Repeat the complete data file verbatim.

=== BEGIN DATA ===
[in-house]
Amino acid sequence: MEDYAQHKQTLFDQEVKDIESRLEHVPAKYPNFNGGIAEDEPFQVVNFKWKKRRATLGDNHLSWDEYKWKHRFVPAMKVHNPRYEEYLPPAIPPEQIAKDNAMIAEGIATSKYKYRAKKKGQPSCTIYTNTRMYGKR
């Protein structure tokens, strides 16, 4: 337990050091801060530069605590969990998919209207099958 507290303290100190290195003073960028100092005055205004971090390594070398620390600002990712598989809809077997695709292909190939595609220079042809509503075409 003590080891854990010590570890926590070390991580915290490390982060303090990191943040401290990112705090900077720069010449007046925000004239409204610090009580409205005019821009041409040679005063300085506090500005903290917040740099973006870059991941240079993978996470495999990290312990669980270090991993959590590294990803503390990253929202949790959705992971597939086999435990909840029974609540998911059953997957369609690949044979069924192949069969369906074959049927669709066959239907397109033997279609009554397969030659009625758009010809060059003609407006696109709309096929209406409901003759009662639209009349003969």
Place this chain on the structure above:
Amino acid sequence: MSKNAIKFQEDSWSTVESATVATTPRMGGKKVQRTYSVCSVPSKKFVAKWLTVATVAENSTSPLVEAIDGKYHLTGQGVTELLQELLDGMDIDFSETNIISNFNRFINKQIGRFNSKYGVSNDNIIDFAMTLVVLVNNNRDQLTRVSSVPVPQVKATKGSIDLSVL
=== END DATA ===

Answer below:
[in-house]
Amino acid sequence: MEDYAQHKQTLFDQEVKDIESRLEHVPAKYPNFNGGIAEDEPFQVVNFKWKKRRATLGDNHLSWDEYKWKHRFVPAMKVHNPRYEEYLPPAIPPEQIAKDNAMIAEGIATSKYKYRAKKKGQPSCTIYTNTRMYGKR
């Protein structure tokens, strides 16, 4: 337990050091801060530069605590969990998919209207099958 507290303290100190290195003073960028100092005055205004971090390594070398620390600002990712598989809809077997695709292909190939595609220079042809509503075409 003590080891854990010590570890926590070390991580915290490390982060303090990191943040401290990112705090900077720069010449007046925000004239409204610090009580409205005019821009041409040679005063300085506090500005903290917040740099973006870059991941240079993978996470495999990290312990669980270090991993959590590294990803503390990253929202949790959705992971597939086999435990909840029974609540998911059953997957369609690949044979069924192949069969369906074959049927669709066959239907397109033997279609009554397969030659009625758009010809060059003609407006696109709309096929209406409901003759009662639209009349003969």
Place this chain on the structure above:
Amino acid sequence: MSKNAIKFQEDSWSTVESATVATTPRMGGKKVQRTYSVCSVPSKKFVAKWLTVATVAENSTSPLVEAIDGKYHLTGQGVTELLQELLDGMDIDFSETNIISNFNRFINKQIGRFNSKYGVSNDNIIDFAMTLVVLVNNNRDQLTRVSSVPVPQVKATKGSIDLSVL